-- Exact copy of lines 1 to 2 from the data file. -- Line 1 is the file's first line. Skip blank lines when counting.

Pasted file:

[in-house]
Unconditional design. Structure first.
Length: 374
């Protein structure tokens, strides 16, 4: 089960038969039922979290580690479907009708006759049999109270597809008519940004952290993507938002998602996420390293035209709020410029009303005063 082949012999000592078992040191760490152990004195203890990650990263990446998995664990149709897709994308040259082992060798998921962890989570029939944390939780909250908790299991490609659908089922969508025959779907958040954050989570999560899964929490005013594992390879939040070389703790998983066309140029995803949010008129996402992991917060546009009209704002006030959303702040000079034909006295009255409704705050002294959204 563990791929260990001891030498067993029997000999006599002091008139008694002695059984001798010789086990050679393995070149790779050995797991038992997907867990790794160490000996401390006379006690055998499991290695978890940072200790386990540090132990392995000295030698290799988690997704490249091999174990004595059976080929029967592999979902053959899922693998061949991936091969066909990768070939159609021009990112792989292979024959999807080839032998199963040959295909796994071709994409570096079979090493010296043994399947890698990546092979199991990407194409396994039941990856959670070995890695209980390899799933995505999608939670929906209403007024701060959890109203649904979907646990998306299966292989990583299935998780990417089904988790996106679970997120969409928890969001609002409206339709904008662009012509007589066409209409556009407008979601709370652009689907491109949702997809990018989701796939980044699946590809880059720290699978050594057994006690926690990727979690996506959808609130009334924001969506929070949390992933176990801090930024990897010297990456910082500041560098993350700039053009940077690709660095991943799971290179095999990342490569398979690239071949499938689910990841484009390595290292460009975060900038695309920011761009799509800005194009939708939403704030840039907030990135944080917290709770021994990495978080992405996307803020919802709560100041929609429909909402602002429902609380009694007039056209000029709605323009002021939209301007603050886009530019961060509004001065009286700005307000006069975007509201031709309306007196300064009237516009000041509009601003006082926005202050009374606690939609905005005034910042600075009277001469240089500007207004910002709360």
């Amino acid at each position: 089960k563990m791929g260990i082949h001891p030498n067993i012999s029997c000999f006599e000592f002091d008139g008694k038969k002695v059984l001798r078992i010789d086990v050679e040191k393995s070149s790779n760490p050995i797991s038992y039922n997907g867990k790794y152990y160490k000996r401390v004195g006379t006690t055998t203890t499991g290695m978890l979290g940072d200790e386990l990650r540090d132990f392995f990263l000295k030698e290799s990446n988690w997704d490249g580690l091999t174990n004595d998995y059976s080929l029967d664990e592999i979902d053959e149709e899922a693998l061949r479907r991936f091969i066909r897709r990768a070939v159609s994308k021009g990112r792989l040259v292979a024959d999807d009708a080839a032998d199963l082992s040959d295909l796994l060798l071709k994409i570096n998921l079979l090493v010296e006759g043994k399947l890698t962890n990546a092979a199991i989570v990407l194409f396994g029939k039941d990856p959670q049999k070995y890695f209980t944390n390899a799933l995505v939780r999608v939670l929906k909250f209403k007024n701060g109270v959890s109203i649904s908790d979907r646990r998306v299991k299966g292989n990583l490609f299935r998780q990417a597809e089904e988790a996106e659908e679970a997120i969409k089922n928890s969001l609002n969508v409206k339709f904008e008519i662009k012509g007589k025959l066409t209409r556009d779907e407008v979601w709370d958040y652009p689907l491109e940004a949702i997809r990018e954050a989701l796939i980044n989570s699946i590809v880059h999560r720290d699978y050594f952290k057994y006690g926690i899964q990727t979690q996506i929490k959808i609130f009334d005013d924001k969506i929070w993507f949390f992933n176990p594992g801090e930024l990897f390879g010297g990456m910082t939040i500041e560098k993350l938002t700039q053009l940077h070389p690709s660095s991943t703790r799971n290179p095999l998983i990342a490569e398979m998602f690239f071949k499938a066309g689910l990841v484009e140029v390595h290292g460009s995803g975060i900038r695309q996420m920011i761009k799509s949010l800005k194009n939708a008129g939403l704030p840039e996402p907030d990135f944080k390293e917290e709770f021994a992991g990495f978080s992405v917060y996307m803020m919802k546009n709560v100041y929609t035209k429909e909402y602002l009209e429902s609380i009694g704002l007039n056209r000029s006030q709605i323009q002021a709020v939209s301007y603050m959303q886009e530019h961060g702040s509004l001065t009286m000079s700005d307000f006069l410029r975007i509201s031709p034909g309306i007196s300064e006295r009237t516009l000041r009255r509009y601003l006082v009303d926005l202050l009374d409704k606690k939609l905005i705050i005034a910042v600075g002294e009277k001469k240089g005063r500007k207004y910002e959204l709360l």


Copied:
[in-house]
Unconditional design. Structure first.